Thursday, 30 July 2015

The Border at Last!

Thursday June 4th   A long day tiring across a flat agricultural plain, occasionally threatened by thunderstorms..
I decided to push on to Sarnia, and we eventually arrived, hot and weary after over forty kilometres on the road, at the Yellow Rose boarding stables of Pat and Marlene Haslam. 
Lady was shown into a spacious loose box, and I was given use of a luxurious goose neck trailer with double bed and shower. Marlene whisked me inside for supper and wine.  She is of Welsh descent, her grandparents speaking Welsh and originating from Aberfan, which has dubious fame as the site of the tragic 1966 disaster when a coal tip collapsed and buried the primary school, killing 144 people including 116 children.

 I was to stay here for the next few days and it was just as well I had pushed on, as most of Friday June 5th was taken up with sorting out the border crossing.  Pat proved to be an invaluable support, chauffering me around and going out of his way to help me, and there is no way I could have done it without him. Not only did he drive to the CFIA (Canadian Food Inspection Agency) to deliver the veterinary paperwork for Lady (which Diane had brought down with my baggage), but he contacted the US border vet office to make an appointment, as we had to present ourselves there immediately after crossing.  She stressed that if I was late for the appointment Lady could be refused entry, and advised that we visit the USA border office to make sure there were no delays with my visa application which could make me late.  So we set off across the Bluewater bridge to USA customs. On the other side we encountered what must surely be the rudest customs official I have ever met in my life, and I have met a few. She had a problem with everything Pat said.  What was the point of coming over, it would not ensure I would be allowed entry to the US, it wasn't the border vet's place to tell us what to do.  When Pat tried to explain he got  "Are you telling me to do my job?" (Pat wasn't) "Don't interrupt me" (he wasn't). Eventually we managed to see an official who was aggressive but in fact after grilling me sorted out my visa, and it certainly was worth the visit as the whole process took over two hours.
There was then a lot of toing and froing from the CFIA with extra forms which the US vet suddenly seemed to require and which we could not find on the internet - unsurprisingly as she had given us the wrong link.  But the helpful Canadian border vet Meidrym Hebda supplied one and eventually all the paperwork was sorted and signed and we were ready to attempt the border crossing on Monday.  Meidrym Hebda actually looked into the possibility of my riding across the Bluewater bridge but we both realised it would be out of the question.  Although a few years back it would have been possible and I understand someone did, since 9/11 not even pedestrians are allowed on the bridge, which is horrendously busy with heavy traffic these days.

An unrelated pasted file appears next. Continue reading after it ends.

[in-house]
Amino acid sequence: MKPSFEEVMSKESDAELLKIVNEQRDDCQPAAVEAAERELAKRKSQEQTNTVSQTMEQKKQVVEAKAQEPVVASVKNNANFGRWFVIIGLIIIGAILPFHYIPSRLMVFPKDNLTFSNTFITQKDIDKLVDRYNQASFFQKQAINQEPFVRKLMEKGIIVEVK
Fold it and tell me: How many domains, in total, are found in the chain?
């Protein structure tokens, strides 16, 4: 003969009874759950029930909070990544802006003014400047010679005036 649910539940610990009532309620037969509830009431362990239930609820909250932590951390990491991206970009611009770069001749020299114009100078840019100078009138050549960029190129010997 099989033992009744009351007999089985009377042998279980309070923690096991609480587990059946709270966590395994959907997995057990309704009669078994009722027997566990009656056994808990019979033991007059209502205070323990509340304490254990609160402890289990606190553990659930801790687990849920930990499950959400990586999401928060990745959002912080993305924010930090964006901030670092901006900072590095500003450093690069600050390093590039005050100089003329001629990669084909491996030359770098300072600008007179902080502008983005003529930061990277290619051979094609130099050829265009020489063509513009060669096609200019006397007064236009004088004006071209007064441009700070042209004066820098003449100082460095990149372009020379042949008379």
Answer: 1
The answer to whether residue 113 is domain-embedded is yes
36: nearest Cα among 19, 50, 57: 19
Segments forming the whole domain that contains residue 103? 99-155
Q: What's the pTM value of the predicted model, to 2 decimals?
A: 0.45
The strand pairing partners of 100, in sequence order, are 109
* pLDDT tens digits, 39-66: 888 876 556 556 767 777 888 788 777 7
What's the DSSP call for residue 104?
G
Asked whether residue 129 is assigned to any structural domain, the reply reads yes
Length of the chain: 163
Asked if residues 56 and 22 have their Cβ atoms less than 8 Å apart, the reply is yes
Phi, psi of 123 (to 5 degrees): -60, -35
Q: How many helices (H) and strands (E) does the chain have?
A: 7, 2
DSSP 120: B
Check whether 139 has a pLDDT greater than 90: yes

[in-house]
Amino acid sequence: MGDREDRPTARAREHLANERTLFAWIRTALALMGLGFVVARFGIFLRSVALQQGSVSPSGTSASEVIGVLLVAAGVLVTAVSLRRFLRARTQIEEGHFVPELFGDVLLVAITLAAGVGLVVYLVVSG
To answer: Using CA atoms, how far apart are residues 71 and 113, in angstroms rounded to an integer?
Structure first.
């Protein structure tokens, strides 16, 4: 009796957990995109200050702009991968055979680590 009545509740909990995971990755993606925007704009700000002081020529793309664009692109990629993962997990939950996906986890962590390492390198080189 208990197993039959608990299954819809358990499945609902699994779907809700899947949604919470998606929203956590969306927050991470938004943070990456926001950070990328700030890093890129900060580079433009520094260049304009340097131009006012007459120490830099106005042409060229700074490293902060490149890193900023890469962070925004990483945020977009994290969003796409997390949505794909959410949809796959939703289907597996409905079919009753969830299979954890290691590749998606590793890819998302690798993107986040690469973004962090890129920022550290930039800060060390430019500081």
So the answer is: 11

My next job was to try and start planning my new route in the US from Port Huron on the other side of the border south to pick up the route from Detroit I has planned at home.  But amazingly it was impossible to buy good maps of Michigan in Sarnia, so I was limited to researching on Google Earth.
Sunday May 7th The last job to be done was to actually ride down to the Bluewater bridge on the Sarnia side of the river Detroit which forms the border between Canada and the US.  So here I am by the bridge on Sunday morning.
The End of the Canada leg of my journey
A journalist from the local Observia newspaper also came down to record the event and here is a link to the resultant article..

Pat off to a sorting competition with his quarter horse...
Cutting, sorting, reining and penning competitions are all popular in North America and have developed from work with cattle.  In sorting competitions teams of three attempt to separate three specific head of cattle from a small herd against the clock. The cattle are numbered and the relevant numbers are announced just before the run. The cattle must be cut out in the specified order and the fastest time wins.  Pat often competes with Tara Foy, the vet who introduced us, though in many competitions the team members are mixed and changed with every run.  Riders are also graded according to ability, and teams may have to include a range of grades.
Marlene was the perfect hostess, looking after my every need and organising a couple of  jolly 'meet and greet' sessions with the boarders.  We also went out for a meal at a lovely restaurant overlooking Lake Huron, and thanks to Marlene I watched Egyptian Pharoah's historic win of the Triple Crown!

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